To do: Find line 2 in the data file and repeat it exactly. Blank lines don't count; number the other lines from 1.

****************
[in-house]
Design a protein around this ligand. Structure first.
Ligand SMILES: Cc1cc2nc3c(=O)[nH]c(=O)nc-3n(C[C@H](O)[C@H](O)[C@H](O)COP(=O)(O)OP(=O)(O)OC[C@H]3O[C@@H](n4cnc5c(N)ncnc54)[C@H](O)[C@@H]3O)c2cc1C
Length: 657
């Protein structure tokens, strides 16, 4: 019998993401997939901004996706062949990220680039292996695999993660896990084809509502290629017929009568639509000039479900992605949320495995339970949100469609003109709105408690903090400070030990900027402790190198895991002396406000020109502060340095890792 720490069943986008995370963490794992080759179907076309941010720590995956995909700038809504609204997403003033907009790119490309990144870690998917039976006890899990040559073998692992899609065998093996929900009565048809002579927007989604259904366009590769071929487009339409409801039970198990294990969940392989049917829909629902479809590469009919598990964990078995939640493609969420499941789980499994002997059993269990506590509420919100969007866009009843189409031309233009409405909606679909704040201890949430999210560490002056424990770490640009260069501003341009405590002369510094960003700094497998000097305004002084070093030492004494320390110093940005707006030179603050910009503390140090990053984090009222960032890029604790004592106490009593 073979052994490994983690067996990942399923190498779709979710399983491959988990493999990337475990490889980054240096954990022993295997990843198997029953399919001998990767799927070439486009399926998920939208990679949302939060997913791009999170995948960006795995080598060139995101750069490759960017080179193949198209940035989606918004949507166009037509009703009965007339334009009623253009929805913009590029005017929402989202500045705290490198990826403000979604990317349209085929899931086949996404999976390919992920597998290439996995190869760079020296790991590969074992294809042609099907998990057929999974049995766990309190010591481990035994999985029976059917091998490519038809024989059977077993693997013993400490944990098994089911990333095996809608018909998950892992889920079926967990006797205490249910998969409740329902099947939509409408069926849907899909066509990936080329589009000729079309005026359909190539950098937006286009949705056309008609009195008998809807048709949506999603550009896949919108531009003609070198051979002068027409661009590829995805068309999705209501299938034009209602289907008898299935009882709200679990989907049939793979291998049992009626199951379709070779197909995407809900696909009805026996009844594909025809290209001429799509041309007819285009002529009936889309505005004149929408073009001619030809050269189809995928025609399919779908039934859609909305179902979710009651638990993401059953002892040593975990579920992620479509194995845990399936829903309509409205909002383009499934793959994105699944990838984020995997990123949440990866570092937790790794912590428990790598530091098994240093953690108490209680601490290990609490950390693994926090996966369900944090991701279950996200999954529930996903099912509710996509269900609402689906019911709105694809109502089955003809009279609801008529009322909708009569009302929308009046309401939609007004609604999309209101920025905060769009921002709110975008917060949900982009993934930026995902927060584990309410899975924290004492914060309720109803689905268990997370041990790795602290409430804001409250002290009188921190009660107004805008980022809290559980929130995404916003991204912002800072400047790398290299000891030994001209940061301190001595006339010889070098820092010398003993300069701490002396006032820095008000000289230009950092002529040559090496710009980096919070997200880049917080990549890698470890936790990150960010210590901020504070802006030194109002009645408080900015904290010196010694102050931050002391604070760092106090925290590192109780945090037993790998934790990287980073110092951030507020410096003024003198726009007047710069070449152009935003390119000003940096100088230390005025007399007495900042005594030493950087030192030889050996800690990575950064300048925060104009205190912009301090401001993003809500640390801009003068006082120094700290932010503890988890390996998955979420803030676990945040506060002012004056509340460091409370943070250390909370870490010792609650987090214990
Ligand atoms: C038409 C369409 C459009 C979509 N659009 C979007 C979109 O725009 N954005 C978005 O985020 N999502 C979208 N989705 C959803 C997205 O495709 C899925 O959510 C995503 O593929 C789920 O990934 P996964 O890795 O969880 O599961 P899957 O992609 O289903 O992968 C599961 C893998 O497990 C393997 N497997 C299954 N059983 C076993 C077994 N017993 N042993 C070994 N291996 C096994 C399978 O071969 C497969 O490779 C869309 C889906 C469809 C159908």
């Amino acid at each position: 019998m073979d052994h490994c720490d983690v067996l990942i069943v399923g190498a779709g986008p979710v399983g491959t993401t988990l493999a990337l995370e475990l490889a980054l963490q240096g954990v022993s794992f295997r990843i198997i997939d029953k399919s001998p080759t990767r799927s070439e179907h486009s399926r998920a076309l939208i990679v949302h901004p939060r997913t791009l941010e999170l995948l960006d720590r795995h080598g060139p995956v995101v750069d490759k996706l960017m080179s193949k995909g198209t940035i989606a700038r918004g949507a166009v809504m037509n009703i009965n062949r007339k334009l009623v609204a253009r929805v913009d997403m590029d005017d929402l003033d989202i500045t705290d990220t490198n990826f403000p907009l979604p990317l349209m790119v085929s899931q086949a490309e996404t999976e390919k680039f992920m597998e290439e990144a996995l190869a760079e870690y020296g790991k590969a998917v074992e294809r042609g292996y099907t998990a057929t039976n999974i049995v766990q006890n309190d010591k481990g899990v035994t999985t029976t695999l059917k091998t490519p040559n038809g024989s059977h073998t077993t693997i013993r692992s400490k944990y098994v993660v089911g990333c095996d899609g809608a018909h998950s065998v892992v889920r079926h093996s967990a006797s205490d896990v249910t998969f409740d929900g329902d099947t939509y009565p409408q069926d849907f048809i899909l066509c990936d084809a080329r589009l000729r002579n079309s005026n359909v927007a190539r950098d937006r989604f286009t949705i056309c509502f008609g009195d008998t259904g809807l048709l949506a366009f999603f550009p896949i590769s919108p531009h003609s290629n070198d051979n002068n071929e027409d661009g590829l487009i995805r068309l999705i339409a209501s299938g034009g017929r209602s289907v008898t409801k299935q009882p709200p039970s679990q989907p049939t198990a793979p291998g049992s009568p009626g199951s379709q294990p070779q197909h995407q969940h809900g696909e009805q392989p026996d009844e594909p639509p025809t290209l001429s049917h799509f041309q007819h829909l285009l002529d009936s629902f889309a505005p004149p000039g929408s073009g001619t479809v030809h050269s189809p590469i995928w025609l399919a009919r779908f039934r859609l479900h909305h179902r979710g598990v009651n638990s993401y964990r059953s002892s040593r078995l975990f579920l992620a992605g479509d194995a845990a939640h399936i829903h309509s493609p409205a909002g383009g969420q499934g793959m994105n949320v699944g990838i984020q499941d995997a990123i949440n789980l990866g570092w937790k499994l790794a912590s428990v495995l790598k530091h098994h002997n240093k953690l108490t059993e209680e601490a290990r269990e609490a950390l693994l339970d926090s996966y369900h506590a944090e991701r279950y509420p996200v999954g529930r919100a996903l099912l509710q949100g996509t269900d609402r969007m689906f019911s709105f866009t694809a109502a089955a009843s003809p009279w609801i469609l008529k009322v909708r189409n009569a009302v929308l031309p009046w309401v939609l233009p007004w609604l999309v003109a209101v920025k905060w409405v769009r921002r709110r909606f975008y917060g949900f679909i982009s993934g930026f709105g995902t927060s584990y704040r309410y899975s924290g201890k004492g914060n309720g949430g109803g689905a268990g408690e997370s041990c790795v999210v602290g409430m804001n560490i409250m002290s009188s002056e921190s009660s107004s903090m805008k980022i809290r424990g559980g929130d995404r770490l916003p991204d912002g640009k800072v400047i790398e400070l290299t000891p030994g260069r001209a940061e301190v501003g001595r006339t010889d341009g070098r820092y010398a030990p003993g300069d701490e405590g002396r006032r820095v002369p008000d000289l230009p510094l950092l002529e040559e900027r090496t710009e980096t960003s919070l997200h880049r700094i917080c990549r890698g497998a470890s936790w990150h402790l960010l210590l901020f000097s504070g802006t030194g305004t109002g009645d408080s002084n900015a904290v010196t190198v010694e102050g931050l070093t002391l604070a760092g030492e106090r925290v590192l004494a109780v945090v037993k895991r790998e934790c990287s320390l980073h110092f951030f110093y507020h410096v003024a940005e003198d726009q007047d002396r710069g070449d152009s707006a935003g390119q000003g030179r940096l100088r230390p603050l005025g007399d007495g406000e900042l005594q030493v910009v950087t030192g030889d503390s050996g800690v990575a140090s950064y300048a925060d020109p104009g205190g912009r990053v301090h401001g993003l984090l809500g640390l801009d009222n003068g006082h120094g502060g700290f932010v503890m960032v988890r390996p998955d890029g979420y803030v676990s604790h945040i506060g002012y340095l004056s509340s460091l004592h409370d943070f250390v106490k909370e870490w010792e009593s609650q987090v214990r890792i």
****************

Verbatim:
Design a protein around this ligand. Structure first.